M.S. Ed. (Master of Education)
Department of Physical Education
Body image; Women--Psychology; Leanness--Psychological aspects
The perception o f one's body image is a popular issue in the American culture today. When one is dissatisfied or unhappy with their body image, various psychological and social issues may impact on the dissatisfaction. Research has shown that the majority o f women are dissatisfied with their bodies and wish to lose weight. The purpose o f this study, however, was to determine whether subjectively underweight females who perceive themselves as too thin experience similar psychological/emotional states and body disturbances as those women who perceive themselves as overweight. It was hypothesized that women who perceive their bodies as too thin will encounter the same psychosocial disturbances (body dissatisfaction, distorted body images, high social physique anxiety and depression, and low self-esteem) as women who feel they are overweight. The participants for the study were 28 college-aged females who perceived themselves as underweight and desired to gain additional weight. Subjects were assessed via a seven-page questionnaire which consisted o f four scales and one background information sheet. The four scales measured social physique anxiety (Social Physique Anxiety Scale; SPAS), self-esteem (Janis-Field o f Inadequacy Scale; JFS), depressionproneness (Depression-Proneness Inventory Scale; DPI), and body-cathexis (Body Cathexis Scale; BCS). Results found that females who perceived their bodies to be too thin reported moderate mean scores on the SPAS, JFS, DPI, and BCS. Additionally, the SPAS, BCS, and DPI were all positively correlated with one another and negatively correlated with the JFS. The results indicated a trend suggesting that higher feelings of physique anxiety are modestly associated with lower levels o f self-esteem and higher levels o f body dissatisfaction and depression. When comparing these results o f the present study to past research completed on college-aged women who perceived themselves as overweight, the patterns are very similar. Therefore, it was concluded that women who perceive themselves to be loo thin expressed similar psychosocial characteristics and body dissatisfaction as compared to previous studies o f women who perceived their bodies as overweight.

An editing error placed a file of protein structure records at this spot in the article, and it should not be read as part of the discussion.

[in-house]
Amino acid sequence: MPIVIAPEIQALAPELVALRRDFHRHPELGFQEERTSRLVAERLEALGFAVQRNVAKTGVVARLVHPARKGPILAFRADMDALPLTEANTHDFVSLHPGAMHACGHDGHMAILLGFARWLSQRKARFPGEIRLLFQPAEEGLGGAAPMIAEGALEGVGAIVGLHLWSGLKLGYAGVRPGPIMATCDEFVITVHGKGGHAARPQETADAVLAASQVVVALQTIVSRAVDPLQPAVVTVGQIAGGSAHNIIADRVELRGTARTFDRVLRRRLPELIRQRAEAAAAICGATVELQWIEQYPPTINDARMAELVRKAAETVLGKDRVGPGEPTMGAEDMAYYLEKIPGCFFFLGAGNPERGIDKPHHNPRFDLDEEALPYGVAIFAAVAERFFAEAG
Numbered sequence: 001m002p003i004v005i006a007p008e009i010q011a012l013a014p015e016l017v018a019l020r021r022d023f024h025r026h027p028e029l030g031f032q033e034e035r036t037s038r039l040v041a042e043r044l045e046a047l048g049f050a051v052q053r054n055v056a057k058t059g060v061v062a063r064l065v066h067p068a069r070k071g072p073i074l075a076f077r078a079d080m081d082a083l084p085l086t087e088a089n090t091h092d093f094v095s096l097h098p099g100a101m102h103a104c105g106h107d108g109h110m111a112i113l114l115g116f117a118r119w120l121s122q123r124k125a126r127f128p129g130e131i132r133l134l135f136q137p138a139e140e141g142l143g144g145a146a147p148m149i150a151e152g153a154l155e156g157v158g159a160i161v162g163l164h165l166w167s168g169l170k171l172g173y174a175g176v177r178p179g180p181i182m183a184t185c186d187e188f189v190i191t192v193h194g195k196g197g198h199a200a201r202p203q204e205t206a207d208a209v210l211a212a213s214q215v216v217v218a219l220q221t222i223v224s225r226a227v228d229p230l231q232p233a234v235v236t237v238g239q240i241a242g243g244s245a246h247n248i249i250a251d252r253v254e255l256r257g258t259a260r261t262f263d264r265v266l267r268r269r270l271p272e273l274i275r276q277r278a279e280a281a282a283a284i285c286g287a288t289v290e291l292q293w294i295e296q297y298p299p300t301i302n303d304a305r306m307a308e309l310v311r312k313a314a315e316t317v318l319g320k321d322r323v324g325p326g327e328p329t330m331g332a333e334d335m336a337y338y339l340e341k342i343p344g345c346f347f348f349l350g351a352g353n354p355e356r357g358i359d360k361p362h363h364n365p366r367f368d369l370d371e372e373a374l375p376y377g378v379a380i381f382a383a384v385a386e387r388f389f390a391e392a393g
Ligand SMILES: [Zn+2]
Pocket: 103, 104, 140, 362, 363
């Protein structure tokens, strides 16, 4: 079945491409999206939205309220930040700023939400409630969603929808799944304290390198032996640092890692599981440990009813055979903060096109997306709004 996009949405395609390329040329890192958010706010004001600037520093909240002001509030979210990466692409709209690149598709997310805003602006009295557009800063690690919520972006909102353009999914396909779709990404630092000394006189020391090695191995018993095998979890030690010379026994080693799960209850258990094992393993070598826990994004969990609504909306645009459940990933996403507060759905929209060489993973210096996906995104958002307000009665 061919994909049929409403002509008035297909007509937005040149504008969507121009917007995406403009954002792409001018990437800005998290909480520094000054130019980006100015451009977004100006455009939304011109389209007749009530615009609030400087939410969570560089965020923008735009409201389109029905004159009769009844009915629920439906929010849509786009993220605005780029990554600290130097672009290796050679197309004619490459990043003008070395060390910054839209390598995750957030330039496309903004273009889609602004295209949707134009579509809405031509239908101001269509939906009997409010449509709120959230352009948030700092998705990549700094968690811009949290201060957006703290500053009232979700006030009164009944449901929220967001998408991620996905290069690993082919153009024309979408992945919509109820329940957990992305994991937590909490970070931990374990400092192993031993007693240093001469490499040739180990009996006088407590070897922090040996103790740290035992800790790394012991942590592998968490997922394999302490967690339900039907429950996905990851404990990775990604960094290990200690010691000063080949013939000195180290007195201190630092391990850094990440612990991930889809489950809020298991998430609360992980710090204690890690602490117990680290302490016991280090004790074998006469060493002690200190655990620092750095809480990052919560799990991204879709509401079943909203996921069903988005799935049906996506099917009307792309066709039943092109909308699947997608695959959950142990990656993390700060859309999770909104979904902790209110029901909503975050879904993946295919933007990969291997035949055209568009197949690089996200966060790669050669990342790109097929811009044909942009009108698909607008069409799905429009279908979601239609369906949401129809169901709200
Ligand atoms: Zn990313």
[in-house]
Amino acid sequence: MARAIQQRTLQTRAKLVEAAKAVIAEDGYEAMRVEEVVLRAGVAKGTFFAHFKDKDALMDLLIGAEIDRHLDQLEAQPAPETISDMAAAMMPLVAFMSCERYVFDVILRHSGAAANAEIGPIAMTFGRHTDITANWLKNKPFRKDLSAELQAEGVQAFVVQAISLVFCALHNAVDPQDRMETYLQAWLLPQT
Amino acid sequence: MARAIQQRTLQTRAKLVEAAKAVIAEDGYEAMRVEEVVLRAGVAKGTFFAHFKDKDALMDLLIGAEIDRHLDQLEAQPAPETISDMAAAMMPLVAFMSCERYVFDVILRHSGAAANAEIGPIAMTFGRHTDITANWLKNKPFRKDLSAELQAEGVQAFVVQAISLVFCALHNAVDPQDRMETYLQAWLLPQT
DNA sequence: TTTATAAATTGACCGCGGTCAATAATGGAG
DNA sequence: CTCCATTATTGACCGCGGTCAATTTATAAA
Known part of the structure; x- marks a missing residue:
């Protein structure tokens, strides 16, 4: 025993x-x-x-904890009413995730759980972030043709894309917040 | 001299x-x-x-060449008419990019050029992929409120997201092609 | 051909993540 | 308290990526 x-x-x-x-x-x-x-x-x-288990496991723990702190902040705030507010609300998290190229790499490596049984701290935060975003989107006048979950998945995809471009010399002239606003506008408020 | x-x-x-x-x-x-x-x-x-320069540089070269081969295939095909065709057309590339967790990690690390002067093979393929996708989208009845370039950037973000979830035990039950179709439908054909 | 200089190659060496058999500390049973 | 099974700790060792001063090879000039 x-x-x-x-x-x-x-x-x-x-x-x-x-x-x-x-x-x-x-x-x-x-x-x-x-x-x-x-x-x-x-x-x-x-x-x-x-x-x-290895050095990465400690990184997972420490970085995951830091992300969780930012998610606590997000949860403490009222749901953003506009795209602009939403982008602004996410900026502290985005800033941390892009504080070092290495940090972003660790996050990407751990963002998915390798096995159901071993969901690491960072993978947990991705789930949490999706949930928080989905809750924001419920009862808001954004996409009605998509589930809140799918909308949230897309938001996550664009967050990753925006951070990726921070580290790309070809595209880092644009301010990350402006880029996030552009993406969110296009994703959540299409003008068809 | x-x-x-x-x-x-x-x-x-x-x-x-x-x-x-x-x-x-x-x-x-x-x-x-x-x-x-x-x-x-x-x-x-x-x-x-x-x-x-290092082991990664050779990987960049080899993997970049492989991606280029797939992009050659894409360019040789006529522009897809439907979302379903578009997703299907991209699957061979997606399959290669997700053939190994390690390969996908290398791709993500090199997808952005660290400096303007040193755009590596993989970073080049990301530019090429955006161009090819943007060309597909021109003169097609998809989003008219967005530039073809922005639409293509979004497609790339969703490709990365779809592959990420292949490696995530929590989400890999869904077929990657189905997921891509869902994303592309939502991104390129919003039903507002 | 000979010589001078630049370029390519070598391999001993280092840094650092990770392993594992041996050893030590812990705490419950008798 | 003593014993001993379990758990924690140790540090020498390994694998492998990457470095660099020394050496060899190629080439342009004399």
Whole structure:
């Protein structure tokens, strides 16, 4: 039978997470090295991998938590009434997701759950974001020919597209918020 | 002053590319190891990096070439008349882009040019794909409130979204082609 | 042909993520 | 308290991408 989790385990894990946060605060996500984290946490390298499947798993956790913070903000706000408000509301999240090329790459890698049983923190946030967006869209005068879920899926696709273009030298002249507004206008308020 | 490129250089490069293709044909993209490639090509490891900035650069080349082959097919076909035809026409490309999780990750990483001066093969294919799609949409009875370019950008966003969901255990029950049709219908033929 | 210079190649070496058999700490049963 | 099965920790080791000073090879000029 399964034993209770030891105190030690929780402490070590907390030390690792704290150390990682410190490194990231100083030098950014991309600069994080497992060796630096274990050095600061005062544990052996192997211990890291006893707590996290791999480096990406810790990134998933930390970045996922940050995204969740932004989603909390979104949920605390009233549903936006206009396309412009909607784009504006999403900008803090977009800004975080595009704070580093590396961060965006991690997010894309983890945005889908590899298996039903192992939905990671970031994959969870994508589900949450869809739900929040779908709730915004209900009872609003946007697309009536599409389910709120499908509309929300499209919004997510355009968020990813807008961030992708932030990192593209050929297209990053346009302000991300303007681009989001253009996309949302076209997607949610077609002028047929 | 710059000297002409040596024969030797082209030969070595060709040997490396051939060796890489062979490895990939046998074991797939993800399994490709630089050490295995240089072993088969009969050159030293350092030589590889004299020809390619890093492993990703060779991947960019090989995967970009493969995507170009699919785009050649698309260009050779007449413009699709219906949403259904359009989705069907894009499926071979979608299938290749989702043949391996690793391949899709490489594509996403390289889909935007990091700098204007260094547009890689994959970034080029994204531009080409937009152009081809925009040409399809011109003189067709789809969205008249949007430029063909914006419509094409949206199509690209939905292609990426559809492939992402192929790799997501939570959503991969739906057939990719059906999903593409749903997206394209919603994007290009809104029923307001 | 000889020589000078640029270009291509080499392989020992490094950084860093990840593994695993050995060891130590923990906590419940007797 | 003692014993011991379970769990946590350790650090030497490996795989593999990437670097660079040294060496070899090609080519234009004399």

Osborn, Melissa C., "Exercise related self-perceptions and affective experiences of subjectively underweight females" (1996). Graduate Research Theses & Dissertations. 2994.
Northern Illinois University
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